Above, beyond, and separate from any moral or ethical duty that atheists have to extend basic elements of tolerance and restraint towards the religious in a pluralistic society, there is a compelling, even essential, argument for an atheism of absence that is fundamentally an argument towards self-interest.
I once listened to a recording of a lecture by the New Age guru Ram Dass (né Richard Alpert) in which he was talking about the unfortunate tendency for people who have quit smoking or drinking to become dominated by that rejection, to become in a sense defined by their not-ness. One really can become dominated by the things one rejects, and it's a terrible way to live. As Ram Dass put it, "you die from not smoking."
One of the profound weirdnesses about militant atheism is just this kind of presence-through-denial, the absolute presence of religion within these atheists. Spending your time not believing in something is, well, odd. I have often said, and only partly in jest, that the advantage of atheism is that you don't have to get up in the morning on Sundays. The point is that atheism compels you to nothing. It does not ask you to serve. There are no sacraments and no sacred duties, no commandments, no elect to bow to and nothing forbidden to avoid. This is a virtue both in loftier philosophical ways (non serviam) and in the simpler graces of free time and free travel. Contrast this to, say, the apocalyptic and bellicose rhetoric of Christopher Hitchens, who writes as if atheists have some duty to oppose religion. The absence of belief and the absence of duty are symmetrical qualities.
Even aside from that more obvious notion of things that I don't have to do, there is the larger sense in which atheism is a nothing, a not-thing. Even the statement "I am an atheist" is perhaps more of a positive statement than I would like to make. But religion has compelled me to make it, and I do believe the path of conscience is towards a place where the default is, if not non-belief, than no statement about belief. Perhaps we're there now, but I don't think so. And, yes, of course, there are those who shamelessly insert their religion into politics, in defiance of Enlightenment values and the American character, and yes they have to be fought. That fight is irrelevant to the question of the existence or non-existence of gods or God, and the existence or non-existence of God or gods is irrelevant to that fight.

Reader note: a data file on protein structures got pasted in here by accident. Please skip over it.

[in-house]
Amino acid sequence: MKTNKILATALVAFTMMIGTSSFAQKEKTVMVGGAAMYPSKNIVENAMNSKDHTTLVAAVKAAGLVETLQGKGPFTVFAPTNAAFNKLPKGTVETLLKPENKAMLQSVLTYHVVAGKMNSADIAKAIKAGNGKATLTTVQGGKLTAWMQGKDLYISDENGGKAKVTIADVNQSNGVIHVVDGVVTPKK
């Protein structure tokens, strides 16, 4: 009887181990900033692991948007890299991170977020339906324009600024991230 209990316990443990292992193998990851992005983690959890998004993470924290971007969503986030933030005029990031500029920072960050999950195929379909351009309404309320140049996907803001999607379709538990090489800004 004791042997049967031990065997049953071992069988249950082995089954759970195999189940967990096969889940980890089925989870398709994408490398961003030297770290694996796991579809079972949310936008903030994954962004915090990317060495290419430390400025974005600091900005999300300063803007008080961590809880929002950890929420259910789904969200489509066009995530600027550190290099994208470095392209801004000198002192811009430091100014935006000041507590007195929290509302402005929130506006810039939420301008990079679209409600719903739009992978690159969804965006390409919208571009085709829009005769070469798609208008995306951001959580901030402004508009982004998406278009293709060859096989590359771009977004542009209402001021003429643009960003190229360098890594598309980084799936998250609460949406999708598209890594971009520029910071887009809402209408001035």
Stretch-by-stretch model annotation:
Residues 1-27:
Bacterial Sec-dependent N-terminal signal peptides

Not to belabor the point, but think about, say, an atheist convention. An atheist convention! A bunch of people sitting around not being religious! People brought together by their absence of belief in something! Spending money to hear speakers talk to them about how they can better be not-something and not-believe in the not-deity! Several fun-filled days thinking about God because you don't believe in him and think he's a jerk! What could it possibly matter to me if my neighbors go to church? What could I possibly feel towards them because of what I don't feel? How could a genuine atheism compel one towards anger or bitterness? No, what anger exists is anger at the God you say you don't believe in.
No. Atheism is not a project.It has no purpose. It proceeds towards no end. It has no meaning beyond the simplicity of absence. It has as little negative presence as positive and demands no philosophy. Sam Harris's life is dominated by religion. It's what he thinks about; it's what he writes about; it's how he pays the bills. He speaks all over the country about religion, he opines on it constantly, denying it is his constant endeavor. His intellectual and philosophical life could hardly be more centered around religion if he were a monk.
Me? I go weeks without thinking about religion or God. And why would I?